A man has been sentenced in connection with a large-scale illegal veterinary medicines supply network in Northern Ireland, in which more than £681,000 veterinary products were supplied on to the black market.
Christopher Logan, 53, of Cloughmills, Ballymena admitted four charges of supplying unauthorised veterinary medicines and two charges of possessing the proceeds from the sales of the illegal medicines.
He was sentenced to 18 months in prison, suspended for five years, for each charge. The sentences will run concurrently. Police will now conduct proceeds of crime proceedings.
Antrim Crown Court was told the charges concerned the long-term illegal supply of prescription-only veterinary medicines from Logan’s hardware shop in Cloughmills. The illegal activities spanned a period between 2009 and late 2013.
Logan was also convicted on charges of possessing criminal property under Proceeds of Crime legislation relating to his possession of the proceeds of the sales of the illegal medicines. Police will now be conducting confiscation proceedings against him.
The prosecution was brought by Northern Ireland’s Department of Health, Social Services and Public Safety (DHSSPS) Medicines Regulatory Group (MRG). The DHSSPS is responsible for enforcing a number of the provisions within the Veterinary Medicines Regulations 2013.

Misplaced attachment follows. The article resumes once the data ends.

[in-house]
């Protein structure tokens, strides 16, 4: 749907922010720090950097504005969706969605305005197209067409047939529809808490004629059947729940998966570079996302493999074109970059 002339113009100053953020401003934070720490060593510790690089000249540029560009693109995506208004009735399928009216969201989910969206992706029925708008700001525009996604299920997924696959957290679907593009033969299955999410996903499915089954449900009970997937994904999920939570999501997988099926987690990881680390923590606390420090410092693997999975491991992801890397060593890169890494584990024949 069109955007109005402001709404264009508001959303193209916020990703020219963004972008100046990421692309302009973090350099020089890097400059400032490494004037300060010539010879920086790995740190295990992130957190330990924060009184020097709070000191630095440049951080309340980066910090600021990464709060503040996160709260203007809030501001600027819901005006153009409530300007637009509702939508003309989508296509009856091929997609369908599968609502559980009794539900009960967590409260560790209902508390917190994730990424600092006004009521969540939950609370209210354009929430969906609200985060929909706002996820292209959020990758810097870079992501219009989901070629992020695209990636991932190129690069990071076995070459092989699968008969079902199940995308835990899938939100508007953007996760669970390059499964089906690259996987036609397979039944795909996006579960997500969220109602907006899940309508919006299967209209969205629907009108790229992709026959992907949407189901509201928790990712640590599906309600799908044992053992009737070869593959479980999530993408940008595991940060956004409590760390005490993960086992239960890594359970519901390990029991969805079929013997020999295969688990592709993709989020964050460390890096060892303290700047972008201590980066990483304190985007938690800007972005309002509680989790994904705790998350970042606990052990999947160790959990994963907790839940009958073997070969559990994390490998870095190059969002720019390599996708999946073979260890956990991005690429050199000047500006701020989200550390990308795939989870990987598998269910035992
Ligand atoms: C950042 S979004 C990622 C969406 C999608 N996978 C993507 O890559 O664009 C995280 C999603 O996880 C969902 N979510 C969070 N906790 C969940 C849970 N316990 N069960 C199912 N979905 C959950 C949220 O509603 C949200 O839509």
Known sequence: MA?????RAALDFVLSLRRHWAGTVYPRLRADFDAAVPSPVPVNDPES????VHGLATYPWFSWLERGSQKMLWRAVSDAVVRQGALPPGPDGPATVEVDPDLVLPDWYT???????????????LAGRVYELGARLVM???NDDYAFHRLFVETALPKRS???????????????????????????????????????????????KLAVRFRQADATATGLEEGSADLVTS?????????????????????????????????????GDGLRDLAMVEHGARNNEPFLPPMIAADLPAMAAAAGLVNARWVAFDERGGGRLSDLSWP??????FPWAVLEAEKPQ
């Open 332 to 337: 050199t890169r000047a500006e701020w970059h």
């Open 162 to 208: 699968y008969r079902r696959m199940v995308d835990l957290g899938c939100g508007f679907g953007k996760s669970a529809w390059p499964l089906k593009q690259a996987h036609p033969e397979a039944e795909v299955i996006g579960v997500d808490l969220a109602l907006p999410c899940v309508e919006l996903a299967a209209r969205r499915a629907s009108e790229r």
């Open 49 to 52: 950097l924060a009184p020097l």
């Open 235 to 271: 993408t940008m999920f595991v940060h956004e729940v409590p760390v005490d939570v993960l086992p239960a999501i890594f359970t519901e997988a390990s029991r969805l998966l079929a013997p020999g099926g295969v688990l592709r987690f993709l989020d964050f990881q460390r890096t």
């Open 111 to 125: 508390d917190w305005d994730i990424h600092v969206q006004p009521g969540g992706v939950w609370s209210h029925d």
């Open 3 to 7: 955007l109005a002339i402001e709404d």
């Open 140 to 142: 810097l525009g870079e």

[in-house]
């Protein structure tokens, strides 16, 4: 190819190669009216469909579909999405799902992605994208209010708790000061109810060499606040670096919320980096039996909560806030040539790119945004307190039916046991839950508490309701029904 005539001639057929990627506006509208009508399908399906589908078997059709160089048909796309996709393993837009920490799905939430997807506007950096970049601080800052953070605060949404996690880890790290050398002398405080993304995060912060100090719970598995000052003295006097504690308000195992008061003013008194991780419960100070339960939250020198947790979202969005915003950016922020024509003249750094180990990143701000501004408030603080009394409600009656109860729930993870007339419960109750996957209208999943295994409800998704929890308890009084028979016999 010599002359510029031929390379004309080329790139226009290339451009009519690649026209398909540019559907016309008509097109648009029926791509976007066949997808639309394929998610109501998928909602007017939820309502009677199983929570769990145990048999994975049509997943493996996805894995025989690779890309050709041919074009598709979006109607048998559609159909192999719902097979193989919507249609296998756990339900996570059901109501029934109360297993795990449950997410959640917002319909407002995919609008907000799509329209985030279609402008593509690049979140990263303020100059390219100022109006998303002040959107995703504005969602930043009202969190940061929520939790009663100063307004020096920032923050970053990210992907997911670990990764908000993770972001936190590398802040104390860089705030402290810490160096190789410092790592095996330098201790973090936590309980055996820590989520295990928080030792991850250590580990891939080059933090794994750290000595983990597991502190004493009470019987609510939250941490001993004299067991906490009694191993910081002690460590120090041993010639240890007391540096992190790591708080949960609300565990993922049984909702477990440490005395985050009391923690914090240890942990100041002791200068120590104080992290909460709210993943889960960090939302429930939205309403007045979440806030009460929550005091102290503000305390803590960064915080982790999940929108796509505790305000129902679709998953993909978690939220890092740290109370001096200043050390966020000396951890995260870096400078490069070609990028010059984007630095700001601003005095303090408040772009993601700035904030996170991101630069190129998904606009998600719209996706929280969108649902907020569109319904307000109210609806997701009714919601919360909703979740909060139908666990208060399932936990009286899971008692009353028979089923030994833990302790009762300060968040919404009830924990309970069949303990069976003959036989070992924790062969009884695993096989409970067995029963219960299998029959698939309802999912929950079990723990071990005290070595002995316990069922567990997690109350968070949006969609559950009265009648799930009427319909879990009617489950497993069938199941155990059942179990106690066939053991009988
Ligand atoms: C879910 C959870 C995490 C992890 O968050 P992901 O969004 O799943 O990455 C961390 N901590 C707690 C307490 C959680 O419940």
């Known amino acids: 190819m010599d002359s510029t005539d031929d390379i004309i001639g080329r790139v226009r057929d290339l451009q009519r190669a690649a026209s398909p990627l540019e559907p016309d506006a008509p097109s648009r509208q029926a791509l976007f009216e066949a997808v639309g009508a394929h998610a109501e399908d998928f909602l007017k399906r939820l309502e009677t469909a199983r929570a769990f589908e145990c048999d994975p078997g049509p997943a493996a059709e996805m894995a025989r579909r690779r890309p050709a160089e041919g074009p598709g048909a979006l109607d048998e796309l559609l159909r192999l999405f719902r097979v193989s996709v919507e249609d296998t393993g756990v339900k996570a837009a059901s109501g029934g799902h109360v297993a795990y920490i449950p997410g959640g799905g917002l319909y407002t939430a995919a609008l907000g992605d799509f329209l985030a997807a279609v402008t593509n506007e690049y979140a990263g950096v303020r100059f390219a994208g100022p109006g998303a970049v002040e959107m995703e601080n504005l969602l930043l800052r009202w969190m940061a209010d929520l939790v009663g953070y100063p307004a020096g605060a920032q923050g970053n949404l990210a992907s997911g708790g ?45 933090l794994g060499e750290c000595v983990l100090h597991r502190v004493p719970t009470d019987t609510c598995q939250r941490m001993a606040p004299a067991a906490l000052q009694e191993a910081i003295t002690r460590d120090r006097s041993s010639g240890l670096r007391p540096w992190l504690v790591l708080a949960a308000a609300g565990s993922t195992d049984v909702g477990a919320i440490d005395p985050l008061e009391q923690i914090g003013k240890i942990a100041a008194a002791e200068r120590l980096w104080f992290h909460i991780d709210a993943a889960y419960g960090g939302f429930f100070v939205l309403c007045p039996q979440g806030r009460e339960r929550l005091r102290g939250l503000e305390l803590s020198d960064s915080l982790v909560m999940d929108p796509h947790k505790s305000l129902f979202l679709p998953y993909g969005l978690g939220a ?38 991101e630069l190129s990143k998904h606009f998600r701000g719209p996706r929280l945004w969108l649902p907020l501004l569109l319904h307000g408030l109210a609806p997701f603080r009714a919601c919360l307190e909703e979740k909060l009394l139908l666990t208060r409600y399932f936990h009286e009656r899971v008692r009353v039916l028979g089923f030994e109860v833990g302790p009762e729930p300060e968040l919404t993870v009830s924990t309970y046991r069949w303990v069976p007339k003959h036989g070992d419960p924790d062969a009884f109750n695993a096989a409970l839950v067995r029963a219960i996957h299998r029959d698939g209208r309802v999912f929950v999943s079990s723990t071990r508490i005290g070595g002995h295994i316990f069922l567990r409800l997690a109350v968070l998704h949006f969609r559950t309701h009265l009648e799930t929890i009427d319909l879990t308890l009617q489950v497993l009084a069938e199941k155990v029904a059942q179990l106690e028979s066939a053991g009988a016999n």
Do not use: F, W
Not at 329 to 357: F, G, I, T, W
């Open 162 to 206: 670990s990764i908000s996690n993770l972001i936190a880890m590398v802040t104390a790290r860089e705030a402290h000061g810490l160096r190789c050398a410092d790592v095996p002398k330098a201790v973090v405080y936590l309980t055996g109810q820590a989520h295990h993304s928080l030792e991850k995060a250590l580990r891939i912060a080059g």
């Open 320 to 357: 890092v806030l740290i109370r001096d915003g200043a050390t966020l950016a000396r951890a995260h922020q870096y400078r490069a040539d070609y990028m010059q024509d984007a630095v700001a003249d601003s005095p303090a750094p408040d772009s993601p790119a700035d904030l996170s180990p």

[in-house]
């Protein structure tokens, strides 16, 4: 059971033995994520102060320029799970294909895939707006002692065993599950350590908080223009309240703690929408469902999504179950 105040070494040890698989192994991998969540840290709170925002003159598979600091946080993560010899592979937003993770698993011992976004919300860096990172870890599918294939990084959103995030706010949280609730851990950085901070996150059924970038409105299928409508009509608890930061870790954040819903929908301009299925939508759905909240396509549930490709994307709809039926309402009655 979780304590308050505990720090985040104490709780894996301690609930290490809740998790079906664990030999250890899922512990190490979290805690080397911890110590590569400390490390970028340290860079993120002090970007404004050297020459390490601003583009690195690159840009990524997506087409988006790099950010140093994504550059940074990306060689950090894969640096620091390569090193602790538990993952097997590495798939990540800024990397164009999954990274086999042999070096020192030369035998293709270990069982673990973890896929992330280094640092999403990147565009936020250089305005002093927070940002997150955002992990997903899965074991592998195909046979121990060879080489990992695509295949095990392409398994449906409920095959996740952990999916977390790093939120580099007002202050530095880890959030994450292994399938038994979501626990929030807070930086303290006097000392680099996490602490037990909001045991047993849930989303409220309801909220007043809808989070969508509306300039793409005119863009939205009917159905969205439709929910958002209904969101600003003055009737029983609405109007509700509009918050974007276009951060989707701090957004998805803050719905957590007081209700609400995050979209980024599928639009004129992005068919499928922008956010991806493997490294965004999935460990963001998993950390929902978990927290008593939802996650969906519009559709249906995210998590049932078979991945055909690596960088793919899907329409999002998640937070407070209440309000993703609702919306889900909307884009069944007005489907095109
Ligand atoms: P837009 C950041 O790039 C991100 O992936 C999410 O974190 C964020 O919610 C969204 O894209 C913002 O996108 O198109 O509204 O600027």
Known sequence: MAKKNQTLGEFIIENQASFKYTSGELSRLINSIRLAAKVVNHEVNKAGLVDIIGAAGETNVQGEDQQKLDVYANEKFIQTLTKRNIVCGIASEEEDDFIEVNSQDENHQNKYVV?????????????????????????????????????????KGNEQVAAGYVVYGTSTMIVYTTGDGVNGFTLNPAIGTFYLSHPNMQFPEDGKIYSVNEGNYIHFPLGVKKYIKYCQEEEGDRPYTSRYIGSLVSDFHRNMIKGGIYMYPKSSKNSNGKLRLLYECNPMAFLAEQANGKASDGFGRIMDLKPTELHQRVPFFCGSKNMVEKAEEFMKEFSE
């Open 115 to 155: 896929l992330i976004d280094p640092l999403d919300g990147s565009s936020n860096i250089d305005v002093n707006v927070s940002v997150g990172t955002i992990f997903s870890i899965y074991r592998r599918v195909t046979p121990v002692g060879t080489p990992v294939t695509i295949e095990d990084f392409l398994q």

Senior medicines enforcement officer Peter Moore, who led the investigation, said: “This was a significant criminal enterprise that involved the illegal supply of veterinary medicines on a commercial scale.
“The likelihood is many of these illegal veterinary medicines were destined for use in food producing animals, which poses a real risk to the public.
“This has been another opportunity for the department to ensure an illegal and dangerous medicines supply source has been closed and today’s conviction sends out a clear message of our determination to take action against all such illegal activity.”
Mike Mawhinney, head of the MRG, reminded everyone involved in animal health and who used veterinary medicines they should source medicines only from legal and reputable suppliers.
“There are dangers posed by the indiscriminate and unauthorised use of antibiotics,” Prof Mawhinney said.
“Our advice is clear – don’t be tempted to bypass the regulated supply system. I thank the public for their continuing support and would appeal to them to continue to report any suspicious activity to us.”